While this was going on, the gang moved around to the next straight to collect all the jewellery removed but not collected yesterday.

These activities only took us through to lunch.

So this afternoon, 21 more 80lb rails were dropped out at tangent 20-21.

The whole gang decided a train ride seemed like a nice way to end the week, however it meant our comfy chairs were back at Maldon, luckily a well wagon doubles nicely as a bench.

Another very successful week. Next week will be busy, with Monday being a big load up point timbers day, Tuesday will be a special train to Castlemaine to drop them off in readiness for turnout building. Thursday and Friday will most likely be installing the 80lb rails dropped out today, however until the weather forecast firms up, that is still to be confirmed.

Concrete Sleepers

Another successful day, with 103 concrete sleepers inserted into tangent 11-12.

Unfortunately a burst hydraulic hose on the tamper slower down the process this morning, but a new hose by morning tea had us back into action.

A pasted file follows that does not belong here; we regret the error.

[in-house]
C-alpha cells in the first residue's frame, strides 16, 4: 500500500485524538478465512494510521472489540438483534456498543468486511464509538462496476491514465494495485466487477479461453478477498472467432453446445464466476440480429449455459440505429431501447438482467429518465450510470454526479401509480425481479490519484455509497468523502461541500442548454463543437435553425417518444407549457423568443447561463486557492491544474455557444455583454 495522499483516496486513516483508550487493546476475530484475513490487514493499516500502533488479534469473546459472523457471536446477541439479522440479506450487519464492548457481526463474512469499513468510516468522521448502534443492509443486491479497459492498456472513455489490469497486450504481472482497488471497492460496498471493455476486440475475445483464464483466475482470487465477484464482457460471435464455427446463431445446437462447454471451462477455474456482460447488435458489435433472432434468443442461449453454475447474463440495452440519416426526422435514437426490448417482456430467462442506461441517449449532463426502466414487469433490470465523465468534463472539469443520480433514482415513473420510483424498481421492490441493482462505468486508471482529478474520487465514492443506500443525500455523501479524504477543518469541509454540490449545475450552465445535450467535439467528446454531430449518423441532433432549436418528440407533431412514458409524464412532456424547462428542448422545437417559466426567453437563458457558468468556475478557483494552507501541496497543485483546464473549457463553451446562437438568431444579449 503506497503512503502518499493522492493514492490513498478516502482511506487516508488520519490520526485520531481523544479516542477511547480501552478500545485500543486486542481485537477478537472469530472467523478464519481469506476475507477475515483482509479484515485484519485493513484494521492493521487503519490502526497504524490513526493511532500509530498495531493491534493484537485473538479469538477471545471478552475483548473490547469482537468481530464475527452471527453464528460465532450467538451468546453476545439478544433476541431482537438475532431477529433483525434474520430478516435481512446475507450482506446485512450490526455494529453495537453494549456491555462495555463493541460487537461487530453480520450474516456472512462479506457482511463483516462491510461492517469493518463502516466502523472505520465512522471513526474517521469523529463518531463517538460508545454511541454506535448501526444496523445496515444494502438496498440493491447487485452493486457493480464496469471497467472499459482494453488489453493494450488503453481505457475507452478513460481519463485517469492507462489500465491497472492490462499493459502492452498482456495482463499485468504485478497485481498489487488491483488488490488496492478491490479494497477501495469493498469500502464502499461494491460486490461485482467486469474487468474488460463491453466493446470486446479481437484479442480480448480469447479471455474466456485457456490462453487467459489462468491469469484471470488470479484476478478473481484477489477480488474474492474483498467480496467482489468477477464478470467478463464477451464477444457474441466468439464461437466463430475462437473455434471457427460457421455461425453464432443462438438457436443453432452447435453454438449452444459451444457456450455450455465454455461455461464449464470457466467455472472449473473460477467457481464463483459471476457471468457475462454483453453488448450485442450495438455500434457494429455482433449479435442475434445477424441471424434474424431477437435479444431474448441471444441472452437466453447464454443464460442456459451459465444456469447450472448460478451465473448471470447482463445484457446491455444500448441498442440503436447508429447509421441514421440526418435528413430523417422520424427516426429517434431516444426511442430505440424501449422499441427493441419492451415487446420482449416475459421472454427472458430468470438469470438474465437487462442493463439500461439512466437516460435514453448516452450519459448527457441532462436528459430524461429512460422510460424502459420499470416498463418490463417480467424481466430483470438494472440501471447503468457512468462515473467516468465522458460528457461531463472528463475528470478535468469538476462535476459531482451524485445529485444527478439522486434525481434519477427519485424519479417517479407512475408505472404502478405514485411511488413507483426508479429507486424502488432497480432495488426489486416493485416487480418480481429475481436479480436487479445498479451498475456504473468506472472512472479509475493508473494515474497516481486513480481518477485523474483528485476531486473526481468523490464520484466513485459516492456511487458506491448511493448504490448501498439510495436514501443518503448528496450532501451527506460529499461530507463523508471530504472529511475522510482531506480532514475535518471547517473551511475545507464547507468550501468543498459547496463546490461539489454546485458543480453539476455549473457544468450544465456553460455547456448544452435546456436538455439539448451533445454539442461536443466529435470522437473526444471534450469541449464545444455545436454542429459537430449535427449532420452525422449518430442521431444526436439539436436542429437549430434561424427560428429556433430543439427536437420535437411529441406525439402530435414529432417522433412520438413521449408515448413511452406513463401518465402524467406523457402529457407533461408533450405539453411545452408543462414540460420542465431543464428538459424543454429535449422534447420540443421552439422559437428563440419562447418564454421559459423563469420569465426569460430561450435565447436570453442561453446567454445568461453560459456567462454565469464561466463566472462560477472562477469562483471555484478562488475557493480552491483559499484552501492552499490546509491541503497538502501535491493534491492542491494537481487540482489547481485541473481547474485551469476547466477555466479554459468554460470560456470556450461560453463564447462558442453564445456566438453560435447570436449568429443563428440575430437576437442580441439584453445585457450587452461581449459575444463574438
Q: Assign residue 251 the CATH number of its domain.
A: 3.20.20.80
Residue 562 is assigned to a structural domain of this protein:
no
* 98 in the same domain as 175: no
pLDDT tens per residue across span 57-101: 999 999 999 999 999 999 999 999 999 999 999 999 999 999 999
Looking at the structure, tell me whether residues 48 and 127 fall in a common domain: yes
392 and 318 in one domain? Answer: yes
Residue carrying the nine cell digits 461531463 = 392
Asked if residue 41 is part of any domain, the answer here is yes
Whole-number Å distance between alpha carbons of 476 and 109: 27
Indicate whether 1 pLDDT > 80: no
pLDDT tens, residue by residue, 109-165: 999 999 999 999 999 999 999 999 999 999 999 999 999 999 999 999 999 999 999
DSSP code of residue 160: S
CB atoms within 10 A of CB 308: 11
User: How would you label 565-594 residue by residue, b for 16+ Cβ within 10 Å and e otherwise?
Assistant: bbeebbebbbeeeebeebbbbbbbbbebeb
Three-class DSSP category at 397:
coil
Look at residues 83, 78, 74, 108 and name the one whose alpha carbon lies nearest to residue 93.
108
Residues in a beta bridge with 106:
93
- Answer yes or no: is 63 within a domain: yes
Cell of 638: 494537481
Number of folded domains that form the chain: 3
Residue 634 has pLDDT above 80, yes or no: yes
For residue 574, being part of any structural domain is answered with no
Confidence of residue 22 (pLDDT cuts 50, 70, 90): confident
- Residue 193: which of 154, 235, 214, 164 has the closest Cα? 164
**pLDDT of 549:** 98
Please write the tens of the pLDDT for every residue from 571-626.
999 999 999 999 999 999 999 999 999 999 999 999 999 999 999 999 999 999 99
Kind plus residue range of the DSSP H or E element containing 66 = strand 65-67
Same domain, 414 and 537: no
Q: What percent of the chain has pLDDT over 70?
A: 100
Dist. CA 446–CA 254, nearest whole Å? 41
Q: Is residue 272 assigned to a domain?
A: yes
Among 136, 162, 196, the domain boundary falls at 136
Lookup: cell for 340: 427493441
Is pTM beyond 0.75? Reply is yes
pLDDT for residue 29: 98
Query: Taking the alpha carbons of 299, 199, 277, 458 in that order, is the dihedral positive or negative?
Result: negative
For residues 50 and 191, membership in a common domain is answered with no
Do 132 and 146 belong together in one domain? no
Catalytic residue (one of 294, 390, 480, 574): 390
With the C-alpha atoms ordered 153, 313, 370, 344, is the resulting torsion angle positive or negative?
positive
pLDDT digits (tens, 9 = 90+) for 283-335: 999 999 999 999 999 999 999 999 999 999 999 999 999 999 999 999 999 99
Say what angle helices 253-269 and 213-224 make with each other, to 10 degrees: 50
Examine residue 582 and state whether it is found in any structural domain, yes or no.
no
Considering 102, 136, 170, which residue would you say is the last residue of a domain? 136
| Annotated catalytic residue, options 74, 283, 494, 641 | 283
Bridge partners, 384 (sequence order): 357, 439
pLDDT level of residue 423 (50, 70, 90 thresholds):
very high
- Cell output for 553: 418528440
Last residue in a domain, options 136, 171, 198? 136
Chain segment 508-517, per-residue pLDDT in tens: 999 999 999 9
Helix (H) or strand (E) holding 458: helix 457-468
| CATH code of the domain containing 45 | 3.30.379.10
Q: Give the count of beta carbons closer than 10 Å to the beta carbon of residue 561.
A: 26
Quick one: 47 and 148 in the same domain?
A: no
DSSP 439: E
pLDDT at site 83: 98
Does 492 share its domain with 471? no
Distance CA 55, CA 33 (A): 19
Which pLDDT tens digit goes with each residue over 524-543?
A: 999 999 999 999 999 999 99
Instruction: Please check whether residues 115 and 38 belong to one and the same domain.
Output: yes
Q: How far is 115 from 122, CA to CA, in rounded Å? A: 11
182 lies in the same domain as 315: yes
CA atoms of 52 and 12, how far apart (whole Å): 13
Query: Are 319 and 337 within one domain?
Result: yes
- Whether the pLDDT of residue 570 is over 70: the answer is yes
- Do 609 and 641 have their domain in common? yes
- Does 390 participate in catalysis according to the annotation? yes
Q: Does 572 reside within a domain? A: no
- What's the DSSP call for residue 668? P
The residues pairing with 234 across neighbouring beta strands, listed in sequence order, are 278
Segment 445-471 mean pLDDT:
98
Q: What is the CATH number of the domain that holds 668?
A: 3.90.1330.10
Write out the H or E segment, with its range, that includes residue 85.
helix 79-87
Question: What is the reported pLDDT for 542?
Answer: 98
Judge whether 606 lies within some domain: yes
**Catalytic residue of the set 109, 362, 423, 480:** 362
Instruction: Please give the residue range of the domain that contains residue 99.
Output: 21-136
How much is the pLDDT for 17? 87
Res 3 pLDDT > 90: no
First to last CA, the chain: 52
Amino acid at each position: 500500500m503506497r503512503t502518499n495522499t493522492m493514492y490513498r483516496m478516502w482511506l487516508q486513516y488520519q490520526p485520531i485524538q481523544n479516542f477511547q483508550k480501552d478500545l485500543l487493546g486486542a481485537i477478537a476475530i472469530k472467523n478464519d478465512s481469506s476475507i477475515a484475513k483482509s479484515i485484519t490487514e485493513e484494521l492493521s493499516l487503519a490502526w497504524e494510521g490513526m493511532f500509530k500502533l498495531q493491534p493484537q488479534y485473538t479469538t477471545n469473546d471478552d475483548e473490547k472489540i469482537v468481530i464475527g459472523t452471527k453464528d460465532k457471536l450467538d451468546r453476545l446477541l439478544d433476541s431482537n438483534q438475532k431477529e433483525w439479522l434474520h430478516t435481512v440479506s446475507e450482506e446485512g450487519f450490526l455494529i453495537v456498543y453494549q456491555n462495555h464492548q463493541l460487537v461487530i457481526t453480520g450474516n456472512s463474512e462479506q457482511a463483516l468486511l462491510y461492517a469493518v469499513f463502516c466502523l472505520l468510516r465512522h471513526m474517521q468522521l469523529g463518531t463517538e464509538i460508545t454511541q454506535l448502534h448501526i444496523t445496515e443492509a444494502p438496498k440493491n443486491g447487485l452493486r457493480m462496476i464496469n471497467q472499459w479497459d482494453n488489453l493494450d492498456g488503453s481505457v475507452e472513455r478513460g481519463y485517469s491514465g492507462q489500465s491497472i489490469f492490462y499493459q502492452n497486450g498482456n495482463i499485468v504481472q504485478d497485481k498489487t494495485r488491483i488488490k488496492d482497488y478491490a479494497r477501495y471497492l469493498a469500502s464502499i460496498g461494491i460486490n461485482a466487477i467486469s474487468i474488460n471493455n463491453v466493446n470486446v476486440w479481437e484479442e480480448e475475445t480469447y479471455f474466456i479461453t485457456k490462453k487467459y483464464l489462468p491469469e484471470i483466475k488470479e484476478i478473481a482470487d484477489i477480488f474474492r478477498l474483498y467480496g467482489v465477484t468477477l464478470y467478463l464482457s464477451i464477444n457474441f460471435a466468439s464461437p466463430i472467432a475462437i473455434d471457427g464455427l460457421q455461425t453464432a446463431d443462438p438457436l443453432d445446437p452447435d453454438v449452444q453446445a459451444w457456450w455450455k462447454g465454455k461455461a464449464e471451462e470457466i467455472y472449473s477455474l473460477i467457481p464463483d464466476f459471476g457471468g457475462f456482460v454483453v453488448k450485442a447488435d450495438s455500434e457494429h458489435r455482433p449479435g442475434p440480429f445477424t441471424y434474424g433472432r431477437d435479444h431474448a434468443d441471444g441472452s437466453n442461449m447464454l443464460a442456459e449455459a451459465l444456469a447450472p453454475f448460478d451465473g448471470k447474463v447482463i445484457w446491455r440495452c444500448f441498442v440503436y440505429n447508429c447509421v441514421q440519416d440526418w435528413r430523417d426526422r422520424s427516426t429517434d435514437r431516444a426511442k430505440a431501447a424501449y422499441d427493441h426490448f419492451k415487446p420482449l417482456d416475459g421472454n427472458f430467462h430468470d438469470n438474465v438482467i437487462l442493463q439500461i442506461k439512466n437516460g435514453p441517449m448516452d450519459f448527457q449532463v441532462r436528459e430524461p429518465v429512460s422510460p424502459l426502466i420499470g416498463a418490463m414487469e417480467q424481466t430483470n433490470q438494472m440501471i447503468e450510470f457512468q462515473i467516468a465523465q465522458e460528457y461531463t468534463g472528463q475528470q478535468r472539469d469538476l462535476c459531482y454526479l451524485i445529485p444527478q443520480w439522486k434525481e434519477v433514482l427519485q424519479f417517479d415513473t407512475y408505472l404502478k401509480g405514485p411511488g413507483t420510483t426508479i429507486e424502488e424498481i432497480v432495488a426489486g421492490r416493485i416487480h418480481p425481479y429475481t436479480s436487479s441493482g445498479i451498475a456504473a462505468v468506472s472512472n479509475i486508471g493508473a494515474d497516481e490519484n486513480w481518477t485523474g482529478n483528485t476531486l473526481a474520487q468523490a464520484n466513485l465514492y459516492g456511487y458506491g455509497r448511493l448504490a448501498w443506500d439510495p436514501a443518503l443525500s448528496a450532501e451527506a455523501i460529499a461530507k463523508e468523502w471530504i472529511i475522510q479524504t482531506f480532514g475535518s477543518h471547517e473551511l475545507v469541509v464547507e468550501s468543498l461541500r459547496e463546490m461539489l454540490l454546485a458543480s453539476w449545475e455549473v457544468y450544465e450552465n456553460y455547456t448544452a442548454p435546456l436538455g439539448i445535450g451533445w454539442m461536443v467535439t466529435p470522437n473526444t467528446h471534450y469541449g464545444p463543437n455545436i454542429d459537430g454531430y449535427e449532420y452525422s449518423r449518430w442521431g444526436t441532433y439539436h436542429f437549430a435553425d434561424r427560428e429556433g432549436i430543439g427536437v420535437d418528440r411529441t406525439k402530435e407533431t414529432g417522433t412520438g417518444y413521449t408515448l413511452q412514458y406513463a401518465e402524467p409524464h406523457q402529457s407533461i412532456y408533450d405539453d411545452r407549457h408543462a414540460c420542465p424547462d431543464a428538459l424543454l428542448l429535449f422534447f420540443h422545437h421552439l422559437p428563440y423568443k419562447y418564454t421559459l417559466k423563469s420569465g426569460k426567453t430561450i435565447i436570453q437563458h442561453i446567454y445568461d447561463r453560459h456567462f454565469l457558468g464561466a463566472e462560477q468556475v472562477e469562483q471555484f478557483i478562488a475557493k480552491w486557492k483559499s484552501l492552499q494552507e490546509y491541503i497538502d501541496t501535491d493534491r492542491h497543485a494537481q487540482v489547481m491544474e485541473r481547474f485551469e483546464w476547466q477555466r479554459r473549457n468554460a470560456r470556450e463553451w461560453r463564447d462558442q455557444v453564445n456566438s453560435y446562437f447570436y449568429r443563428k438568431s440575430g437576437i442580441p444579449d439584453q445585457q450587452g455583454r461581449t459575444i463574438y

As we’re now into the 1 in 40 gradient and it’s always easiest to work downhill, we started from the end of curve 11, working back towards curve 12.

It was all done in the usual process, lifting 50mm, remove the timber, scarify, insert concrete and tamp up.

Due to the setback with the hose, no clipping up occurred today but all the jewellery is out, with one side having it’s biscuit’s positioned and clips started ready for first thing tomorrow.

However all the sleeper changing only required two people, so the rest of the gang soldiered onwards to the next section, tangent 10-11.

All the sleepers with paint had their spikes or screws removed.

Unfortunately the pattern for re-sleepering did coincide badly with the anchoring, so a large number of anchors were moved. We’ll make sure we pick a more appropriate pattern on future works.

Despite the task, the gang managed to complete all 223 sleepers worth of fastening removal and a similar number of anchors were shuffled, all by afternoon tea, an excellent effort.

Tomorrow’s gang will be clipping up and finishing off the 103 concretes installed today. Leaving hopefully some time in the afternoon for other activities.